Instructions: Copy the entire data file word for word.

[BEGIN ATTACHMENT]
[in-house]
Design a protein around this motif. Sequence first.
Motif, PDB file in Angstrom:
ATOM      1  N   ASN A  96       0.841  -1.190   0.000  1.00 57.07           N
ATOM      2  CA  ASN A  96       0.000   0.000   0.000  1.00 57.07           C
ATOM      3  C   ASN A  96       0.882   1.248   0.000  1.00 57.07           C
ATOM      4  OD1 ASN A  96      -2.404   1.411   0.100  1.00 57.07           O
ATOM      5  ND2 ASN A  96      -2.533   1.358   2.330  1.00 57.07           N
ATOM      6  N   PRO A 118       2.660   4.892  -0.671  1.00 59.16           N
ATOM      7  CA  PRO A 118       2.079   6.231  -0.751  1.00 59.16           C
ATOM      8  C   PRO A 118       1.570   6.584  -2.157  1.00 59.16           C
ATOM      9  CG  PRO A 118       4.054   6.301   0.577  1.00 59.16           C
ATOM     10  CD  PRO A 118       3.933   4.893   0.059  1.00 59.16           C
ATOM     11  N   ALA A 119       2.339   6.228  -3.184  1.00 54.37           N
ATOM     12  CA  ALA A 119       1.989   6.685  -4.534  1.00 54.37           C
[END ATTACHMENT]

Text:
[in-house]
Design a protein around this motif. Sequence first.
Motif, PDB file in Angstrom:
ATOM      1  N   ASN A  96       0.841  -1.190   0.000  1.00 57.07           N
ATOM      2  CA  ASN A  96       0.000   0.000   0.000  1.00 57.07           C
ATOM      3  C   ASN A  96       0.882   1.248   0.000  1.00 57.07           C
ATOM      4  OD1 ASN A  96      -2.404   1.411   0.100  1.00 57.07           O
ATOM      5  ND2 ASN A  96      -2.533   1.358   2.330  1.00 57.07           N
ATOM      6  N   PRO A 118       2.660   4.892  -0.671  1.00 59.16           N
ATOM      7  CA  PRO A 118       2.079   6.231  -0.751  1.00 59.16           C
ATOM      8  C   PRO A 118       1.570   6.584  -2.157  1.00 59.16           C
ATOM      9  CG  PRO A 118       4.054   6.301   0.577  1.00 59.16           C
ATOM     10  CD  PRO A 118       3.933   4.893   0.059  1.00 59.16           C
ATOM     11  N   ALA A 119       2.339   6.228  -3.184  1.00 54.37           N
ATOM     12  CA  ALA A 119       1.989   6.685  -4.534  1.00 54.37           C